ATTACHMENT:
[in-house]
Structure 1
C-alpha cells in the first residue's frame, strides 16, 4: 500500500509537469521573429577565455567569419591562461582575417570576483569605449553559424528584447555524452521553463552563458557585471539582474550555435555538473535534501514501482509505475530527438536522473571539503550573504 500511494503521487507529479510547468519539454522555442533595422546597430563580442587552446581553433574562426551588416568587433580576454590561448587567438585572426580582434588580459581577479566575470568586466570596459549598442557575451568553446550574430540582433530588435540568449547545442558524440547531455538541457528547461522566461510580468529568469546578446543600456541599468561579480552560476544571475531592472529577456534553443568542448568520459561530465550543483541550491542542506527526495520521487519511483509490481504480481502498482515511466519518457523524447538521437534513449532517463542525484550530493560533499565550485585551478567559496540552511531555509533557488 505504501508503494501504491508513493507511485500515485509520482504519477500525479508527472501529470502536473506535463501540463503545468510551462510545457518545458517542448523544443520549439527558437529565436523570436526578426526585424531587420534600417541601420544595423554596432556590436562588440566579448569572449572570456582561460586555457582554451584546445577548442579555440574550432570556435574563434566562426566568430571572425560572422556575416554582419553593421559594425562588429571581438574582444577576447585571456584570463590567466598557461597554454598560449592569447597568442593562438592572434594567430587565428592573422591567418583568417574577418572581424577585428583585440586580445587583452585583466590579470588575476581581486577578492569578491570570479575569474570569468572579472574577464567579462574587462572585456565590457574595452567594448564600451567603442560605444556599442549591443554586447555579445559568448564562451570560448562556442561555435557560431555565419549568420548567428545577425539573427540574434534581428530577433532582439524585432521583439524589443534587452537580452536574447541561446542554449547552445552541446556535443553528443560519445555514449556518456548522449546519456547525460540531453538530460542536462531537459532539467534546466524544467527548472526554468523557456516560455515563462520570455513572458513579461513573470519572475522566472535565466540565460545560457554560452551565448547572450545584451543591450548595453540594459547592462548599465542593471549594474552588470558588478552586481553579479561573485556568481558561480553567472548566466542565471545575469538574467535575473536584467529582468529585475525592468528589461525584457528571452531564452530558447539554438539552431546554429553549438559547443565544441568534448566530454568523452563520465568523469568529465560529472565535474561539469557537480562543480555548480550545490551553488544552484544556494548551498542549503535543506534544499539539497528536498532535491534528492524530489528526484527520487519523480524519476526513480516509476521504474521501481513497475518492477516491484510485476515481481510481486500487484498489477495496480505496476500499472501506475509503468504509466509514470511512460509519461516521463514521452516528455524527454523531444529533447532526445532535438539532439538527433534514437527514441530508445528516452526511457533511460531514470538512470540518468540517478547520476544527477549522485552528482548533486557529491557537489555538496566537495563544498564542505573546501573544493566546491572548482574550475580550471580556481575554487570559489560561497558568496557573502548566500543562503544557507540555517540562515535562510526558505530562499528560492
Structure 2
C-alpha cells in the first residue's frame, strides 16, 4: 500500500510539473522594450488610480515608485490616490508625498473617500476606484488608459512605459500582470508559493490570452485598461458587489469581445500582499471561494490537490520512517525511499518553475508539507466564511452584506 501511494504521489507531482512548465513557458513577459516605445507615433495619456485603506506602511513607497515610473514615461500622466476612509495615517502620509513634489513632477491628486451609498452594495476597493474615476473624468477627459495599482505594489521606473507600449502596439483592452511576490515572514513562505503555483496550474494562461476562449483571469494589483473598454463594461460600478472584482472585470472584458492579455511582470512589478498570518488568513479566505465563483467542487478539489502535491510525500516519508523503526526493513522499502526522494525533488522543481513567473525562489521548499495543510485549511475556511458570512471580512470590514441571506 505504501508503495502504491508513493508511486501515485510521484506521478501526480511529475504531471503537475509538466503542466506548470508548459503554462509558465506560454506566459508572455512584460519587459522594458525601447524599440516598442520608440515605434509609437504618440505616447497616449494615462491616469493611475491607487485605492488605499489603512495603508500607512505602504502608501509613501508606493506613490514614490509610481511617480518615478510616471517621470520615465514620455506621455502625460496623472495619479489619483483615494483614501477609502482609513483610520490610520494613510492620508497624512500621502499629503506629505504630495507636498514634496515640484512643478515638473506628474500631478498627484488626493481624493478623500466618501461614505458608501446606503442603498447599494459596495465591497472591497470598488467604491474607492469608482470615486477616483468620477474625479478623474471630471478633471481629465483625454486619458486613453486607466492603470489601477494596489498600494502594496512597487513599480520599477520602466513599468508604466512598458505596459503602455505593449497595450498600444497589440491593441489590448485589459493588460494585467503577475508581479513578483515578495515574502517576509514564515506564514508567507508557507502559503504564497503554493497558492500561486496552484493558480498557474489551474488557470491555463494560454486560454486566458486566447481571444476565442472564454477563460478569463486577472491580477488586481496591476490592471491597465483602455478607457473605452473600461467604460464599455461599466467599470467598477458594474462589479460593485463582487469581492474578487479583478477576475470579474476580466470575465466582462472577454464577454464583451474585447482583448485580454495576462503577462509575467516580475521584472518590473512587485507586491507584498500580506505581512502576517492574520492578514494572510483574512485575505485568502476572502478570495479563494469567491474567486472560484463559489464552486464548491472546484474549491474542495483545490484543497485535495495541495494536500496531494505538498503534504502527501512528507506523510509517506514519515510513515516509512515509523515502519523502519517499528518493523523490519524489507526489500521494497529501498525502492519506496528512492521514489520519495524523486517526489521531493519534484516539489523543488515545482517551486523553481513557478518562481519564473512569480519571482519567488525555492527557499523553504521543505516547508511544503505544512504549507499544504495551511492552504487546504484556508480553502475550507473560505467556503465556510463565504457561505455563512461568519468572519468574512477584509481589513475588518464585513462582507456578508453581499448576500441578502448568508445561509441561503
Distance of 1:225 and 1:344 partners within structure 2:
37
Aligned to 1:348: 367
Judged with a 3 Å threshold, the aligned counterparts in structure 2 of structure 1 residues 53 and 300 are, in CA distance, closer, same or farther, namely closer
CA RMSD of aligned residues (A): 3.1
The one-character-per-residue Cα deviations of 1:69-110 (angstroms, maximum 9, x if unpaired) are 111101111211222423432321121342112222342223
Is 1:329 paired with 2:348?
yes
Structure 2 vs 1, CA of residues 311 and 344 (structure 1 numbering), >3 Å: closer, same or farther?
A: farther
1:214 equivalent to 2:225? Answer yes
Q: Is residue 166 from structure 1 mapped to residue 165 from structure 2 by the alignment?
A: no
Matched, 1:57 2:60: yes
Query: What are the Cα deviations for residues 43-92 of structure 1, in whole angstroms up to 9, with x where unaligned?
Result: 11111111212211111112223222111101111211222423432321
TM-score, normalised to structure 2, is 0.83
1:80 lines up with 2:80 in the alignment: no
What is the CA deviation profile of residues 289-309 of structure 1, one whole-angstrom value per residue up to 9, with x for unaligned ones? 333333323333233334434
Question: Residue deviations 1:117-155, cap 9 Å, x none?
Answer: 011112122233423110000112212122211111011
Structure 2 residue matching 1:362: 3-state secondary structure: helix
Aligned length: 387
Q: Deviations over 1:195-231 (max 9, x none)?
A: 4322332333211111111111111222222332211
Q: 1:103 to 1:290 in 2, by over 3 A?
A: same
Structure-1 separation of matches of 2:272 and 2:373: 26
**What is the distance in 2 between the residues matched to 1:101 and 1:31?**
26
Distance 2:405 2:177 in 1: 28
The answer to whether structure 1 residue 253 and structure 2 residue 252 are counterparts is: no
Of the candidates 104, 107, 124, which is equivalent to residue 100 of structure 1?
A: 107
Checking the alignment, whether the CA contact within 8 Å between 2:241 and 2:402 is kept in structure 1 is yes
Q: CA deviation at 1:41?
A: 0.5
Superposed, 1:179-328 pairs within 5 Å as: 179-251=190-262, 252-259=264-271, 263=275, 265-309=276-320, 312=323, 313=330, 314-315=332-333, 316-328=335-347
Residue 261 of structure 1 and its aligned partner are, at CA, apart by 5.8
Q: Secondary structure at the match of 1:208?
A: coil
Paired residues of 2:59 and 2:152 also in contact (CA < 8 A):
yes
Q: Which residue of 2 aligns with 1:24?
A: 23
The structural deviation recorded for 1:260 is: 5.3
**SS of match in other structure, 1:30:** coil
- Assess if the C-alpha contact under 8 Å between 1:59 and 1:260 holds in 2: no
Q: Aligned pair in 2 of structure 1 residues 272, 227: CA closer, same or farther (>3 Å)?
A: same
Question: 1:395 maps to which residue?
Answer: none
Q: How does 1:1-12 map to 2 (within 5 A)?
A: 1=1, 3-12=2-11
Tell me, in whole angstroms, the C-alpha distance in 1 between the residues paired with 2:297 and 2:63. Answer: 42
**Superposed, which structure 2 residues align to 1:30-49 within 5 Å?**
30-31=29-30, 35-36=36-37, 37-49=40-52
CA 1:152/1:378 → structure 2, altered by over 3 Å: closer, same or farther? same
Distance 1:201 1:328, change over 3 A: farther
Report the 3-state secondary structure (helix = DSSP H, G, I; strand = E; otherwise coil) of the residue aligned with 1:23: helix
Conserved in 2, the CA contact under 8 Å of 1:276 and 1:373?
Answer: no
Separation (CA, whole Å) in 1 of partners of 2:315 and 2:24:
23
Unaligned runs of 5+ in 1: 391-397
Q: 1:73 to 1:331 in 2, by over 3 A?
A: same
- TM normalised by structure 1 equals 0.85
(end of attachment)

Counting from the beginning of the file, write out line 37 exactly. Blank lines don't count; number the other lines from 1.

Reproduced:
The answer to whether structure 1 residue 253 and structure 2 residue 252 are counterparts is: no